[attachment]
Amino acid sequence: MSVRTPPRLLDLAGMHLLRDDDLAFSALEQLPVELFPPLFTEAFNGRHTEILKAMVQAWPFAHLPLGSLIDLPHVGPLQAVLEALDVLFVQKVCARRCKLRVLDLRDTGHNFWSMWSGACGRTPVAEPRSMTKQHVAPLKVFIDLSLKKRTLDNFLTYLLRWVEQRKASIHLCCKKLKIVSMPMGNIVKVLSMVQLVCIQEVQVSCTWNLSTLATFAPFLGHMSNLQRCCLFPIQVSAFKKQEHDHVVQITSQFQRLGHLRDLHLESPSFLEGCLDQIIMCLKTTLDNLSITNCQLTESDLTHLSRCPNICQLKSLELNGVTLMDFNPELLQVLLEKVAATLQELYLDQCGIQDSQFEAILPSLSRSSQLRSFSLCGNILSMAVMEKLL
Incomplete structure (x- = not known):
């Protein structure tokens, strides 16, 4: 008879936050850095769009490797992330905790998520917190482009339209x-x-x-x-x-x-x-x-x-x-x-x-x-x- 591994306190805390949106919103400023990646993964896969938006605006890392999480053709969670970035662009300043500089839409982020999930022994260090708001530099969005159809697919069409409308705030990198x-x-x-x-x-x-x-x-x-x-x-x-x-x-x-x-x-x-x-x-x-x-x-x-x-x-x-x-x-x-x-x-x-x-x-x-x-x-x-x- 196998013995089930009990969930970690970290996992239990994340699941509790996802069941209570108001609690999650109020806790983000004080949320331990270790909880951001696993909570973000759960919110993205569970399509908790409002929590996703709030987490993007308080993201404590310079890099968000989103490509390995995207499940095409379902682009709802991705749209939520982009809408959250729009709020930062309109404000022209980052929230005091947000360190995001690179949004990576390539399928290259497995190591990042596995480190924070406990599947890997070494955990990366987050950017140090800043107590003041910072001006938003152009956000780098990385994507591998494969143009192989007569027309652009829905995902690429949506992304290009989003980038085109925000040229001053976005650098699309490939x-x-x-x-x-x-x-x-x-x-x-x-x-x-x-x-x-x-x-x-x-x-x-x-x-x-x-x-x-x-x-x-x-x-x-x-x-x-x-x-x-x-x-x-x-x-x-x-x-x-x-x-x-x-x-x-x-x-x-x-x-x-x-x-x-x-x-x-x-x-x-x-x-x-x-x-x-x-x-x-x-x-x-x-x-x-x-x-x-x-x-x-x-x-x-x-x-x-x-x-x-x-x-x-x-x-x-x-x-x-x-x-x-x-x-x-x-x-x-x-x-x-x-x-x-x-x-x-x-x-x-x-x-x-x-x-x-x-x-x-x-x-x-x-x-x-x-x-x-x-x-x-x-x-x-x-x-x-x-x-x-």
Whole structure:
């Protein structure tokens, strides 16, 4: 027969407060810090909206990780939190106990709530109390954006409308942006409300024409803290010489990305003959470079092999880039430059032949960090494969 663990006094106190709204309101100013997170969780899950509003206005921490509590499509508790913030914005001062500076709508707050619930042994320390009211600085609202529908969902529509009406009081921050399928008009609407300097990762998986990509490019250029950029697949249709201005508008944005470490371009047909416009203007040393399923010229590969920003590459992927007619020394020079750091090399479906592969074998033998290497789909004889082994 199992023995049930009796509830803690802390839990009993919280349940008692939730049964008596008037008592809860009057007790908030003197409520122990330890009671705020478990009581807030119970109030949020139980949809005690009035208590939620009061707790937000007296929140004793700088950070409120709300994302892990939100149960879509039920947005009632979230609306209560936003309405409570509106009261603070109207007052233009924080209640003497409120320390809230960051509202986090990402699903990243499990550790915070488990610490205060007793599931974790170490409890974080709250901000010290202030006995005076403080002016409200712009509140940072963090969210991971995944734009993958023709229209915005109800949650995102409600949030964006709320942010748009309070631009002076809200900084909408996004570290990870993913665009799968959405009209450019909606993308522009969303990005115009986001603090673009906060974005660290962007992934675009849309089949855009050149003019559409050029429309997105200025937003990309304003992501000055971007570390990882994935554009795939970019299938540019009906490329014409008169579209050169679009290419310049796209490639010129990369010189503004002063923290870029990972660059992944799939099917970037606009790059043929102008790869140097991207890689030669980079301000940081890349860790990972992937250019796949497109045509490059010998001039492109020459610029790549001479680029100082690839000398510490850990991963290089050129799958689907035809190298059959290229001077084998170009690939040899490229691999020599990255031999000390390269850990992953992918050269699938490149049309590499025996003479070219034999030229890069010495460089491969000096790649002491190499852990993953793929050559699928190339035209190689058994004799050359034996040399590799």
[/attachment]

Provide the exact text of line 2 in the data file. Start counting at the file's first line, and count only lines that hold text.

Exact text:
Incomplete structure (x- = not known):